Psoriasis | Types, Diagnosis, Complications & Treatment

Complications and Psychological Impact

Although many patients may think that psoriasis affects only the skin, it may affect internal organs if it isn’t adequately treated. Complications of psoriasis are less common nowadays due to better treatment options. These complications are:

1) Type 2 Diabetes Mellitus is found to have a higher incidence rate for patients with psoriasis. Although doctors aren’t clear about the correlation between diabetes and psoriasis, it is believed that each disease is a risk factor for the other. Psoriasis also worsens the condition of diabetes in the previously diagnosed diabetic patients.

2) Irreversible Joint Damage resulting from psoriatic arthritis is one of the most undesired complications of psoriasis. The inflammatory reactions accompanying psoriatic arthritis may result in severe damage and destruction of the joint. impairment of joint articulation could be reversible if it is treated early enough, otherwise, the patient will experience a significant reduction in joint mobility.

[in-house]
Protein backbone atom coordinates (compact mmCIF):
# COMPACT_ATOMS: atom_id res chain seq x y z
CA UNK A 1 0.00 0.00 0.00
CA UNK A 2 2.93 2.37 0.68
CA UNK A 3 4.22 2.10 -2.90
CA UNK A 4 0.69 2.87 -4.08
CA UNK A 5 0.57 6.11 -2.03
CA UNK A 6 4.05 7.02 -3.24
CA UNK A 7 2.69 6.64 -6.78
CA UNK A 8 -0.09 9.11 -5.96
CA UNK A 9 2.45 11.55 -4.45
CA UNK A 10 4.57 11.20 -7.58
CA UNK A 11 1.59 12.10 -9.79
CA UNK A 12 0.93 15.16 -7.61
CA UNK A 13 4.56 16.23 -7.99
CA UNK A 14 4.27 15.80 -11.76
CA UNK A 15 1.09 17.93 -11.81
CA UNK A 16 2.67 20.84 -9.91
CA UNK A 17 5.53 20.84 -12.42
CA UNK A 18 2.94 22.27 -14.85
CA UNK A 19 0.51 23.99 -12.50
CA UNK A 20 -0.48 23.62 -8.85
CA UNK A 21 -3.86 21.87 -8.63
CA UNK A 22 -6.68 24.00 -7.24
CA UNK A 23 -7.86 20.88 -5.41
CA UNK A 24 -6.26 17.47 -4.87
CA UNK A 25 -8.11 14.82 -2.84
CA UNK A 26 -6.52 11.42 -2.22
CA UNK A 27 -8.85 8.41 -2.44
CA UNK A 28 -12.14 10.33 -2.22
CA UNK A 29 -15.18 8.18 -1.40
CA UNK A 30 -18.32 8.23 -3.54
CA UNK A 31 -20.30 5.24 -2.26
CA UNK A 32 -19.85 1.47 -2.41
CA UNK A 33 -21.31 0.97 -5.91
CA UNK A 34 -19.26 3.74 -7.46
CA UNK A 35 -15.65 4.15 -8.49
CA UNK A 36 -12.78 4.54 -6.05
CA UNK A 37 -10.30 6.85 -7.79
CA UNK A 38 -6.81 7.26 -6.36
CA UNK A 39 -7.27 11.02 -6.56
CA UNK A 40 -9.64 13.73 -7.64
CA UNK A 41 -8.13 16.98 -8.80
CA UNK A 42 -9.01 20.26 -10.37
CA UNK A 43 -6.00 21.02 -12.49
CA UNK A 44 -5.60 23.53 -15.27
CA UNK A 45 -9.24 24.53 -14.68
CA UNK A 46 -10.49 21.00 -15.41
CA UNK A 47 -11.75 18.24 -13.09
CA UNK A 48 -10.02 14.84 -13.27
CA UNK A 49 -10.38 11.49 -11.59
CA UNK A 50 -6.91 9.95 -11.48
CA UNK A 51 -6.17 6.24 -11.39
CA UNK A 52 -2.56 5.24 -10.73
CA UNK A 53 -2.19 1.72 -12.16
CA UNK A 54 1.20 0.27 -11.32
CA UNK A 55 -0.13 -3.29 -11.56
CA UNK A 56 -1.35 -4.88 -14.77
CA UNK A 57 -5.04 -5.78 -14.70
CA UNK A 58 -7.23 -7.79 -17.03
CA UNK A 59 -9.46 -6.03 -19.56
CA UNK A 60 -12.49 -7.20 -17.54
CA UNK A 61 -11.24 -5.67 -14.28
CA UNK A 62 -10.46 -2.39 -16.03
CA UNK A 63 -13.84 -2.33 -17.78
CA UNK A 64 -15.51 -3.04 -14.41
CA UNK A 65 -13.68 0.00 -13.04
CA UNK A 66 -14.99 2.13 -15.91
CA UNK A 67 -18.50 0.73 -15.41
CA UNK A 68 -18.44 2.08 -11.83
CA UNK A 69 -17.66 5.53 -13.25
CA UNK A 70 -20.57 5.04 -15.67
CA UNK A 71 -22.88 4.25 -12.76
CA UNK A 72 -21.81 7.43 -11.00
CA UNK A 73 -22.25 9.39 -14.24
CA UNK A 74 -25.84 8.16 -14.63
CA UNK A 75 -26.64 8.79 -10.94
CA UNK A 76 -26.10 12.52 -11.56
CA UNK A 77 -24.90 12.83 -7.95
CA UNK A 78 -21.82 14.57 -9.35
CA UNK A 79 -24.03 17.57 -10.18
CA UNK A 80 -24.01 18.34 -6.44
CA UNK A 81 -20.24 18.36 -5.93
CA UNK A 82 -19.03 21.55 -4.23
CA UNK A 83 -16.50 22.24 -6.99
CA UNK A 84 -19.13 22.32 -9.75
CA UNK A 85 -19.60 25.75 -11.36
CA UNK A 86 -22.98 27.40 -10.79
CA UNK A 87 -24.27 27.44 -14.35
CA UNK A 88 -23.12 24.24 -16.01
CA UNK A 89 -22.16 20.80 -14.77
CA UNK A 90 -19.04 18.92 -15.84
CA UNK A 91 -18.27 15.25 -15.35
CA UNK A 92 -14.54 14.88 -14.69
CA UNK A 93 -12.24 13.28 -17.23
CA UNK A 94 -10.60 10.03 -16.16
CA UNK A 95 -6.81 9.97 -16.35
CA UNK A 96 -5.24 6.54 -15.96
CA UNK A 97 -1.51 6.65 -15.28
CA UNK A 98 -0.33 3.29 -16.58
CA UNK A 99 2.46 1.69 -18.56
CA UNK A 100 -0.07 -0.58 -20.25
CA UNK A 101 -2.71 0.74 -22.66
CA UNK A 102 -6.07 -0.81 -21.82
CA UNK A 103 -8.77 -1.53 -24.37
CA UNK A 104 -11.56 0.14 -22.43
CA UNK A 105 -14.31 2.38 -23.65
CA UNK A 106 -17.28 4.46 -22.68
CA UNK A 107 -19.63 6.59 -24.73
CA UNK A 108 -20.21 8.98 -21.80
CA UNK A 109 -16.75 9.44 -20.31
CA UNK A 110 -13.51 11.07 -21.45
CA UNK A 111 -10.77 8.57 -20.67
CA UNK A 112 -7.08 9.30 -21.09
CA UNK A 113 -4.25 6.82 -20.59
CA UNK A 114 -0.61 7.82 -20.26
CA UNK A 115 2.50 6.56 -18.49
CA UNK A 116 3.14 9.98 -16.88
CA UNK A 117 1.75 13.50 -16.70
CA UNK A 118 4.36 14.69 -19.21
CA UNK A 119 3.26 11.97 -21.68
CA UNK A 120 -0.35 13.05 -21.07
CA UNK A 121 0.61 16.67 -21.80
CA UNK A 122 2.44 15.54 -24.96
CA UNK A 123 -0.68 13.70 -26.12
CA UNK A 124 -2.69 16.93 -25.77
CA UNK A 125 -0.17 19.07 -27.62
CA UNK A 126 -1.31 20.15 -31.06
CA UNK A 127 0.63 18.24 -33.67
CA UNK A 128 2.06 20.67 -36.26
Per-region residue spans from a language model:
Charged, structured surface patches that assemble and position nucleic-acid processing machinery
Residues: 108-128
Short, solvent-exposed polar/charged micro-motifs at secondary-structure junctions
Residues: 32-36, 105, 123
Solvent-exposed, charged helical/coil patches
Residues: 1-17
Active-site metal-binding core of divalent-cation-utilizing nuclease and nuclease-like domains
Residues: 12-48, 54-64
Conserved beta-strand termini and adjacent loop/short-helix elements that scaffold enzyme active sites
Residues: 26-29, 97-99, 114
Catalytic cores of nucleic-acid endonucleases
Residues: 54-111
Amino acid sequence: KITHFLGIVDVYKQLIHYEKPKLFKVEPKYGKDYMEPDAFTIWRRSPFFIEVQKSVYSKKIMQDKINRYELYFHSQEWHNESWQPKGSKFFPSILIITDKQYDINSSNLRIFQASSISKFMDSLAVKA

3) Eye Issues are more frequently seen among psoriatic patients as they are at higher risk of developing conjunctivitis, uveitis, scleritis, and cataracts. The exact correlation between psoriasis and eye problems is arguable and still under research. It is believed that two-thirds of psoriatic patients will develop some sort of eye condition. For instance, up to 20% of patients with psoriasis have uveitis.

4) Parkinson’s Disease is a reported complication of psoriasis. Parkinson’s disease is a neurological disease affecting mainly the motor system and causes static tremors. There is no concrete explanation of what links psoriasis with a neurological disease, yet psoriatic patients are at more risk of developing Parkinson’s disease.

5) The Psychological Impact of chronic illnesses such as psoriasis is unneglectable. Dealing daily with the stress of having an incurable disease could be overwhelming for many patients. Although the available treatment significantly alleviates the symptoms of psoriasis and reduces the risk of complications, it is still hard to cope with the emotional aspects of the disease. A statistical study conducted in 2016 showed that approximately 16.5% of psoriatic patients are at some level of major depressive disorder. Unfortunately, anxiety and stress worsen the condition of psoriasis and may trigger a flare-up.

6) Lymphoma is a tumor of the lymphatic system. Patients with moderate to severe psoriasis are more susceptible to developing cancer, especially lymphomas. Some research papers state that the risk of developing lymphoma is 1.3 to 2 times more in psoriatic patients than in the general population.

7) Secondary Bacterial Infection is a probable complication of most skin lesions especially if treated with immunosuppressants such as psoriasis.